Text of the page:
My religious journey has progressed so that now rather than meeting up with missionaries each week to have lessons, I am going out with the missionaries to meet other people who are interested in the gospel. Now I am learning how to teach others about the joy, peace, and spiritual fulfilment that comes with understanding our interpretation of God. Because everyone has a different interpretation of God, I thought I could never accept God to be man. Yet I’m here, testifying with every fibre of my being that God lives and loves every one of us and I’m here sharing this message so that we may all have the option to follow this path.
Yesterday we taught three individuals entirely unique and entirely interesting. The first one, I will call Gary. We walked into his bedroom that was adorned in ACDC posters, a desk covered in paints sat in the corner and a gentle purple butterfly duvet cover was made on his bed. Gary was a short man, slightly hunched with shoulder length soft brown hair and stubble. I missed his eye colour; his gaze refused to hold mine as he spoke whilst perched on the corner of his bed looking towards the wall talking about ancient civilisations and religions. A cat leapt down from the top of his window-frame and crawled around our legs. As Elder Andrews and Elder Reynolds taught Gary about God’s plan for us I noticed that his forearms stretched down into tennis-ball sized disfigurements over his elbows. His fingers were bent like claws and he mentioned he had a disability. His beliefs were primarily based upon Paganism but he was willing and open to learning more. Although he had this interest in learning, he was also more interested in talking through the lesson. I recognised how God reaches the sick and afflicted, how this pain gives us an opportunity to seek God, but that we have to be willing to listen to God and His multiple ways of communicating with us.
Next we were to meet *Rachel. She had called four times because she was early and waiting in the cold for us to meet her so already we were anticipating the lesson with caution. Rachel was Indian with long thick black hair and large glassy brown eyes wearing camel-toned workman boots and joggers. She greeted us with a tear trickling down her cheek and distress oozing from pores in her dishevelled face. She said she had diabetes, had left her money at home and needed food and sugar straight away; the missionaries took her to a cafe to buy her food and sat down to talk. I joined them as Rachel told us she could see spirits, that she had good thoughts as well as evil thoughts trying to take over her mind. She said she felt good and strong and faithful, sometimes. On other occasions the darkness crept in and took her sanity as though she owed it for her sins. Spirits told her to get baptised, to be cleansed of her sins, and she wanted to. She needed our help and we had been sent to her. Months ago I had prayed to God asking, how can we stop this depression? How can we feel God’s love through depression? Is schizophrenia an attack from the opposition? Is a relationship with God enough to heal these illnesses? Is a relationship with God the solution instead of drowning in numbing medication? I was intrigued by Rachel’s life and her story and I was desperate to discover if the Lord could be almighty enough to heal this woman.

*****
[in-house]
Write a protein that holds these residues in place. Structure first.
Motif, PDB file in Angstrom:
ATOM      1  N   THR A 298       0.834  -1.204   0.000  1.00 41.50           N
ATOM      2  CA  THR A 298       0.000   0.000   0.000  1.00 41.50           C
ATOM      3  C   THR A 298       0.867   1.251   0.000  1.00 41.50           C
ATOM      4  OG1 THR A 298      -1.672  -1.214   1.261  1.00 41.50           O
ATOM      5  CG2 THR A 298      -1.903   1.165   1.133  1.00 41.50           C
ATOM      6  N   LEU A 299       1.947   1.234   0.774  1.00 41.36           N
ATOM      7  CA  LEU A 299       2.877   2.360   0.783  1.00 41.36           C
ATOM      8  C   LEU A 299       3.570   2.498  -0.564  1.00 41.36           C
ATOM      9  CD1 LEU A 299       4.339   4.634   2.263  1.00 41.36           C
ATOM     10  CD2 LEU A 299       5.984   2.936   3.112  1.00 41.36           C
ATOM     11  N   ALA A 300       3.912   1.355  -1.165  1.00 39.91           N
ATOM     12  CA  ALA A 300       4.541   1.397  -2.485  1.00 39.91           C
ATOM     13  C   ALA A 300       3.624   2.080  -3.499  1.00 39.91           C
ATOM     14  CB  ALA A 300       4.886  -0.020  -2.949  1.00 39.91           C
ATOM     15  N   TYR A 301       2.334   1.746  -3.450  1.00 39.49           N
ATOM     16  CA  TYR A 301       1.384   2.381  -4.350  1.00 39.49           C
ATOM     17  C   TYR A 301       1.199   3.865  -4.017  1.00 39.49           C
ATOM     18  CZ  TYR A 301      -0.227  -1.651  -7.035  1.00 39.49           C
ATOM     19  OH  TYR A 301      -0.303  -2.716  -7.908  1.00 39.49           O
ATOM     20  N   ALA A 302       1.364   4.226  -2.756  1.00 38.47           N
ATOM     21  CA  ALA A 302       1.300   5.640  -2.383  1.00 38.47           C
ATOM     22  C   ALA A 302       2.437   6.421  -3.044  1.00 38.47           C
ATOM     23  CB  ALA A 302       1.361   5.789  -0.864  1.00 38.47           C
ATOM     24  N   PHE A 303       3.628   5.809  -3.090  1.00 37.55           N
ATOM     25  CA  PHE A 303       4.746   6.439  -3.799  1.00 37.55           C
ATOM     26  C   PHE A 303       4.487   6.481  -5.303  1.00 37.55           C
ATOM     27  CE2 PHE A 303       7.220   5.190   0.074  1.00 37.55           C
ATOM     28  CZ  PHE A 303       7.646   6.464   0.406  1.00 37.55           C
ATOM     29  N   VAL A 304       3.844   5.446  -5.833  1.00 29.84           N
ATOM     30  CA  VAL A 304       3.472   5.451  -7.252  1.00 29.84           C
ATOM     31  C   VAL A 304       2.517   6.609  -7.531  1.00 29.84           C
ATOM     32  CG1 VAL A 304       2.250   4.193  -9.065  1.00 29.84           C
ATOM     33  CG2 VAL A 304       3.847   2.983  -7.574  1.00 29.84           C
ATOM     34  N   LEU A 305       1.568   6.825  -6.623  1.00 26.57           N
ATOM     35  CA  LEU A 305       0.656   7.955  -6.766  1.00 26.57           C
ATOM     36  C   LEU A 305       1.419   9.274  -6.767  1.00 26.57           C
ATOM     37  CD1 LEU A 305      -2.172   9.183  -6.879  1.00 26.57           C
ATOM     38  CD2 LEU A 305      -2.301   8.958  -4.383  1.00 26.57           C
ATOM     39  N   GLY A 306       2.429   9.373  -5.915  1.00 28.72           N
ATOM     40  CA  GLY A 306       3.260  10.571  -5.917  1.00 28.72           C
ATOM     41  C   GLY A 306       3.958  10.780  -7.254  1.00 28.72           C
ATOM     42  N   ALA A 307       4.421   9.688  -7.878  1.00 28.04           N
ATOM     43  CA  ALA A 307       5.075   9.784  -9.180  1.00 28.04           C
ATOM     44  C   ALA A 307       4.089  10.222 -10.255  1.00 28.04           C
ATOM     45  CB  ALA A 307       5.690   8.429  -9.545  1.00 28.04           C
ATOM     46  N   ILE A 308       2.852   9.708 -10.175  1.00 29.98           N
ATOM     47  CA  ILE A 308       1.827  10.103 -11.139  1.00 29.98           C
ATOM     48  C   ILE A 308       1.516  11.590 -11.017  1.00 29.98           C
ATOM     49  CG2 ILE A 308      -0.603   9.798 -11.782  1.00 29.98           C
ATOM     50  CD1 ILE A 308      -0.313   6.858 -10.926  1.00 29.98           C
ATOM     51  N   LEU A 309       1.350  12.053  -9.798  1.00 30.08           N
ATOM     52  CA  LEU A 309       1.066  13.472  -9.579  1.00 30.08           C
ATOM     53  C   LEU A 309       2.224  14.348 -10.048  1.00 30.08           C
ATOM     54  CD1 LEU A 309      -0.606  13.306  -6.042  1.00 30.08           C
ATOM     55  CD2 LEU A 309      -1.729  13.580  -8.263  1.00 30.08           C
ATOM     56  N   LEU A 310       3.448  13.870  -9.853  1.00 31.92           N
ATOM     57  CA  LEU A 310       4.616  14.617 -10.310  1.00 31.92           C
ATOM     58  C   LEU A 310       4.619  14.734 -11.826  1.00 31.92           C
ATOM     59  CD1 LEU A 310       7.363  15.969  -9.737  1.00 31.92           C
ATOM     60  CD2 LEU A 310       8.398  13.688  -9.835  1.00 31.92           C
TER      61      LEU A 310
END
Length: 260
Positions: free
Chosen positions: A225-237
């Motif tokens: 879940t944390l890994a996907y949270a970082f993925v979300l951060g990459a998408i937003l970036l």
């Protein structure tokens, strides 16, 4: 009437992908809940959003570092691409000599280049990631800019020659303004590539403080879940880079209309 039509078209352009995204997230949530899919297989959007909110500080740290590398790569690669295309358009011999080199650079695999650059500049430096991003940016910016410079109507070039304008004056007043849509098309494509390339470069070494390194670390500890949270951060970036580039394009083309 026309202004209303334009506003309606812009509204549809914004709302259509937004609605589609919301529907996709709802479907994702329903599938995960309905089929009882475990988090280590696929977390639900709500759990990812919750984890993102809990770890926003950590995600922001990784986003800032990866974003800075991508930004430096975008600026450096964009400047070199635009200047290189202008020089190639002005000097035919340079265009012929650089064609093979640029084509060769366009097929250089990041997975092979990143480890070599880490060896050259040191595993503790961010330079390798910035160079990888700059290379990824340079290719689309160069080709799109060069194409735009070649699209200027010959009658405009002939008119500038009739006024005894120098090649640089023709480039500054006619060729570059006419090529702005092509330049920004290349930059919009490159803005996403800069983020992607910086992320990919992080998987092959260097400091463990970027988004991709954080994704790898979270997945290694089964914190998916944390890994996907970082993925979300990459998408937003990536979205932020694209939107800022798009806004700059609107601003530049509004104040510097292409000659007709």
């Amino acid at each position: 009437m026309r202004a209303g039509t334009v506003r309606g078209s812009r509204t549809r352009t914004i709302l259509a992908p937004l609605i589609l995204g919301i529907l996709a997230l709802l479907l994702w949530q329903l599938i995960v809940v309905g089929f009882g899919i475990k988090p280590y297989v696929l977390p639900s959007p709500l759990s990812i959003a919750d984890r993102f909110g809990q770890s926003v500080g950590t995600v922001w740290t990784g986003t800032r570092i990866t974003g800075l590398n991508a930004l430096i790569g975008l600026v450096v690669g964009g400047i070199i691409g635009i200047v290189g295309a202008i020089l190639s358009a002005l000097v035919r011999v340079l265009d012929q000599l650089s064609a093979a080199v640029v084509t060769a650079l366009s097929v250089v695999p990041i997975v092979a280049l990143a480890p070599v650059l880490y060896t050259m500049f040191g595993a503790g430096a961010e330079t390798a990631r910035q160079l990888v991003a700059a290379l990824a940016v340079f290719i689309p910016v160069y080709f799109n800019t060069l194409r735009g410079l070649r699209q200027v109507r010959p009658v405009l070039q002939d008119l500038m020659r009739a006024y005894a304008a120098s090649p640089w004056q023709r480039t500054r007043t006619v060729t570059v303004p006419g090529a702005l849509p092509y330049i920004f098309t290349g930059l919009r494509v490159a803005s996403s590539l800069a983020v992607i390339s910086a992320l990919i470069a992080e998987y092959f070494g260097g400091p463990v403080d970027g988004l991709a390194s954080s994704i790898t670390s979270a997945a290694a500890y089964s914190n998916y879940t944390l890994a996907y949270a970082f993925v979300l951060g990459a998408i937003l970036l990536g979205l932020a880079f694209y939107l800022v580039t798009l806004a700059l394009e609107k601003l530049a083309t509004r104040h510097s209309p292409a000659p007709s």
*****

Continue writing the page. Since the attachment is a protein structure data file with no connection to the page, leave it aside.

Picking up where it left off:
The missionaries and I took a break for lunch; they went to their flat to prepare hot food and I went to the library with a hot chocolate and my packed lunch. I walked up beside the park to re-join them and sat upon the entrance gate waiting. I gazed out at the stretching snow covered fields, wind whipped my hair and a flock of dark birds glided left then right then landed and shot up then dived then swept left and landed in synchronisation riding the current. Everything worked, everything harmonised and everything mattered. We approached *Tony’s flat where we climbed stairs to a damp scent and carpet blanketed in coarse, white dog hair. The lounge was cold as Tony had no wood for his fire resulting in regular early retirement to his bed where it was the warmest place in the house. Tony was an older gentleman with a blonde ponytail and beard, yellow teeth, wearing a colourful abstract jumper. His living room walls displayed Led Zeppelin memorabilia, an empty ashtray was on his coffee table, and his beautiful husky visited each of us as we sat down on cream leather sofas. Our purpose this lesson was mostly to listen as Tony told us how he gave his time to charitable causes by helping the homeless. Through his past addictions he was able to share experiences and be the example to the people he helped that a positive future was possible. Giving his time pro-actively was admirable but he could not retain his negative thoughts about society. He saw so much of the destruction, the lack of gratitude, the lying, the neglected, but in a brief moment I explained how connecting with God helps you to overcome these thoughts and focus on the positive so that you’re able to contribute with peace of mind, so that God is always on your side and so that your head is clear for your heart to love. A busy mind prevents the heart from loving, and that’s the reason we are all here. To find God, and to love.